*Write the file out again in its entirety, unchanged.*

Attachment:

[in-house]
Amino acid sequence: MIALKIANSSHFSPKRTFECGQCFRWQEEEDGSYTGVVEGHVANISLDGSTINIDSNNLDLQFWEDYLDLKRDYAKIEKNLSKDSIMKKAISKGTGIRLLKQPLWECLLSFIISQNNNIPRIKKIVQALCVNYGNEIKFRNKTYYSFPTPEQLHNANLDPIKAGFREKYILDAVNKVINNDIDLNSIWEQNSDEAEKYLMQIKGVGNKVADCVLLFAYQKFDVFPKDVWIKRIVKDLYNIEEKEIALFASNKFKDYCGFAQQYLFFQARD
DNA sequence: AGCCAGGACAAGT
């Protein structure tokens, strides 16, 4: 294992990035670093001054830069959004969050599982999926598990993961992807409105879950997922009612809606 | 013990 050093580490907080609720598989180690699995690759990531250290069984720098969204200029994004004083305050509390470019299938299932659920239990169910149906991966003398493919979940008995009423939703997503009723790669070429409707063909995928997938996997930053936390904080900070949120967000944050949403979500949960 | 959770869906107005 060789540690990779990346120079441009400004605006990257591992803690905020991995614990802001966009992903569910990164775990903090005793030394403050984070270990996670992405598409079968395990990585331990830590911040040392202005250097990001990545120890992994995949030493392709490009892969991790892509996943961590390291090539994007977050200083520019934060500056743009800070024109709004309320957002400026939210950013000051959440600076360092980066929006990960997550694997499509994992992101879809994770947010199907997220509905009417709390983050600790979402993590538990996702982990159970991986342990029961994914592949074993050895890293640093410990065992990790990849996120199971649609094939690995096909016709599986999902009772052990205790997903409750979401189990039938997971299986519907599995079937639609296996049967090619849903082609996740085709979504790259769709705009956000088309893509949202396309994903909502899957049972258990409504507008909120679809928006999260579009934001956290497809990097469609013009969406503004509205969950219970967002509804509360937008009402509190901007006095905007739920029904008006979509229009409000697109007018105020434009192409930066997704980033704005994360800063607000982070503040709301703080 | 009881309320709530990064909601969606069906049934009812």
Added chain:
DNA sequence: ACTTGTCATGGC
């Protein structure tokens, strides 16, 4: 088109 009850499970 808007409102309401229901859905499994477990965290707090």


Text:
[in-house]
Amino acid sequence: MIALKIANSSHFSPKRTFECGQCFRWQEEEDGSYTGVVEGHVANISLDGSTINIDSNNLDLQFWEDYLDLKRDYAKIEKNLSKDSIMKKAISKGTGIRLLKQPLWECLLSFIISQNNNIPRIKKIVQALCVNYGNEIKFRNKTYYSFPTPEQLHNANLDPIKAGFREKYILDAVNKVINNDIDLNSIWEQNSDEAEKYLMQIKGVGNKVADCVLLFAYQKFDVFPKDVWIKRIVKDLYNIEEKEIALFASNKFKDYCGFAQQYLFFQARD
DNA sequence: AGCCAGGACAAGT
């Protein structure tokens, strides 16, 4: 294992990035670093001054830069959004969050599982999926598990993961992807409105879950997922009612809606 | 013990 050093580490907080609720598989180690699995690759990531250290069984720098969204200029994004004083305050509390470019299938299932659920239990169910149906991966003398493919979940008995009423939703997503009723790669070429409707063909995928997938996997930053936390904080900070949120967000944050949403979500949960 | 959770869906107005 060789540690990779990346120079441009400004605006990257591992803690905020991995614990802001966009992903569910990164775990903090005793030394403050984070270990996670992405598409079968395990990585331990830590911040040392202005250097990001990545120890992994995949030493392709490009892969991790892509996943961590390291090539994007977050200083520019934060500056743009800070024109709004309320957002400026939210950013000051959440600076360092980066929006990960997550694997499509994992992101879809994770947010199907997220509905009417709390983050600790979402993590538990996702982990159970991986342990029961994914592949074993050895890293640093410990065992990790990849996120199971649609094939690995096909016709599986999902009772052990205790997903409750979401189990039938997971299986519907599995079937639609296996049967090619849903082609996740085709979504790259769709705009956000088309893509949202396309994903909502899957049972258990409504507008909120679809928006999260579009934001956290497809990097469609013009969406503004509205969950219970967002509804509360937008009402509190901007006095905007739920029904008006979509229009409000697109007018105020434009192409930066997704980033704005994360800063607000982070503040709301703080 | 009881309320709530990064909601969606069906049934009812």
Added chain:
DNA sequence: ACTTGTCATGGC
């Protein structure tokens, strides 16, 4: 088109 009850499970 808007409102309401229901859905499994477990965290707090």